Sat, 9 May 1992 01:41:10 GMT

Related articles |
---|

LL(1) vs LL(k) parrt@ecn.purdue.edu (1992-05-09) |

Re: LL(1) vs LL(k) jos@and.nl (1992-05-09) |

Re: LL(1) vs LL(k) j-grout@uiuc.edu (1992-05-09) |

Re: LL(1) vs LL(k) mickunas@m.cs.uiuc.edu (1992-05-13) |

Newsgroups: | comp.compilers |

From: | parrt@ecn.purdue.edu (Terence J Parr) |

Keywords: | parse, LL(1), LR(1) |

Organization: | Compilers Central |

Date: | Sat, 9 May 1992 01:41:10 GMT |

John writes:

*> [On that third bullet, I thought anything that was LL(k) was also LL(1),*

*> albeit perhaps requiring ugly rewrites of the grammar. -John]*

Actually, theory says that LL(k-1) grammars describe a strictly smaller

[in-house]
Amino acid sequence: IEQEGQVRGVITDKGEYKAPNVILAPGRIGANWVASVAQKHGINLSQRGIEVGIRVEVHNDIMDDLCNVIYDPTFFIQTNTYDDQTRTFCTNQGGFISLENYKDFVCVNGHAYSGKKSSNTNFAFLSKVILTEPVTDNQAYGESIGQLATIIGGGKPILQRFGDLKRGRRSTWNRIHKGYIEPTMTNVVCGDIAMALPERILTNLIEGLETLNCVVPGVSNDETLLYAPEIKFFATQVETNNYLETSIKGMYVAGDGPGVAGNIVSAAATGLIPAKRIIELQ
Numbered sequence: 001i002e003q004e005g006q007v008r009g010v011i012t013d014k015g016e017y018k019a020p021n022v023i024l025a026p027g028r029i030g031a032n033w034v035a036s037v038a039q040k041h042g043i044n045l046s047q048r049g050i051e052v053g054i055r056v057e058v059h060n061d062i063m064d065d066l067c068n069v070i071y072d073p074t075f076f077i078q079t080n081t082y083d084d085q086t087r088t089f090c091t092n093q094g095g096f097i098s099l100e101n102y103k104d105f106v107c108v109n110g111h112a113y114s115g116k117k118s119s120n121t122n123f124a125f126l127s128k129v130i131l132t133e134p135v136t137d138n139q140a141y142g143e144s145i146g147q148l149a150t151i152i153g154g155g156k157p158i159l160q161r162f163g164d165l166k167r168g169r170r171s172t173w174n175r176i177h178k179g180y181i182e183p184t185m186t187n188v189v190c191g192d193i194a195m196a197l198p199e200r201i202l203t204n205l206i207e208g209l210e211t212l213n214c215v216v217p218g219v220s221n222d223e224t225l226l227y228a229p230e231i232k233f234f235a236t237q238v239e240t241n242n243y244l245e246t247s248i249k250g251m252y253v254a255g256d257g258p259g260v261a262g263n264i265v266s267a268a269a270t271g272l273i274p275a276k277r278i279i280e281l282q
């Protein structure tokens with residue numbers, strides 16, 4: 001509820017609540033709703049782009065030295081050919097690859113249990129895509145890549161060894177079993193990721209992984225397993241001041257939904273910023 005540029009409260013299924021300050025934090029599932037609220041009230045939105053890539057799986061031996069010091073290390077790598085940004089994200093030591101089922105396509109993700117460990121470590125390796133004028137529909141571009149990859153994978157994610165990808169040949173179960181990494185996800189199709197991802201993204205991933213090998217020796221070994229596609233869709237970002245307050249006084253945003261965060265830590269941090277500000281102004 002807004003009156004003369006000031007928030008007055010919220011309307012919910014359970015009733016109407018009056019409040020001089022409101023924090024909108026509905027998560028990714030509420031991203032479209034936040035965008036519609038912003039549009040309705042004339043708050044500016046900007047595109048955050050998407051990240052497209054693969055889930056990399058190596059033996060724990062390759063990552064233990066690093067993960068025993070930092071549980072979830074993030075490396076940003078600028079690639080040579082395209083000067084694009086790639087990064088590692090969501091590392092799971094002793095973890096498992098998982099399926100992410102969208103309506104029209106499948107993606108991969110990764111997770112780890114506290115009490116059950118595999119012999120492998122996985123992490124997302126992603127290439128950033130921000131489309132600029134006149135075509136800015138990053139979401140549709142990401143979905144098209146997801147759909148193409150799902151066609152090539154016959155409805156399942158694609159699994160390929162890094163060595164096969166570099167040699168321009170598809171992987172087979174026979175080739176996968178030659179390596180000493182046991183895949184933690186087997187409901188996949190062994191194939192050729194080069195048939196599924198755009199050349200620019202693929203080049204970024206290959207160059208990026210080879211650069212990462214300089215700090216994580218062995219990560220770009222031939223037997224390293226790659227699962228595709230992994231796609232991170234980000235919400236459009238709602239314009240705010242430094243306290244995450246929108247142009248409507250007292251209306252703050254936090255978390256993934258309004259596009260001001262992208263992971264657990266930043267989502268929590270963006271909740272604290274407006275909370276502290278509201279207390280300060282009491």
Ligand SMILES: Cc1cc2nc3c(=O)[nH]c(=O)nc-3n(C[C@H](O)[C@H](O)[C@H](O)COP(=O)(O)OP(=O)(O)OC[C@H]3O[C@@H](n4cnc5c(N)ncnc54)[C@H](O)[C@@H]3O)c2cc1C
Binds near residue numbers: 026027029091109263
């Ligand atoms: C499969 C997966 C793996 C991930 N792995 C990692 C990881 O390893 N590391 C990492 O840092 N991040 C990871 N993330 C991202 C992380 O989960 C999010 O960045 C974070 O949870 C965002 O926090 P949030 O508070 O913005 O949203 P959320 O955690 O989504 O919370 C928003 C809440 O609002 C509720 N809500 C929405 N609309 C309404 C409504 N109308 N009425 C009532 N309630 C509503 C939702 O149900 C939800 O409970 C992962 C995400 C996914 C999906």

class of languages than LL(k) although I can't find an example I'm convinced

can't be rewritten as LL(1). Maybe someone can respond with a language.

On the other hand, LR(k) is reducable to LR(1). In fact, I think that if you

guarantee an EOF symbol you can even show it can be LR(0) as well:

Given any deterministic language L, L$ (L appended with EOF) can always

be described with an LR(0) grammar [Knuth65].

which is a really nifty bit-o-trivia regarding LR. Too bad the same is not

true for LL; unless, of course, you assume the input is finite--then you

could just delineate all possible input sequences and you'd have a simple

(but huge) regular grammar.

Terence Parr parrt@ecn.purdue.edu

Purdue University Electrical Engineering

[Knuth65] Donald E. Knuth, "On the Translation of Languages from Left

to Right," Information and Control 8, 1965, pp 607-639.

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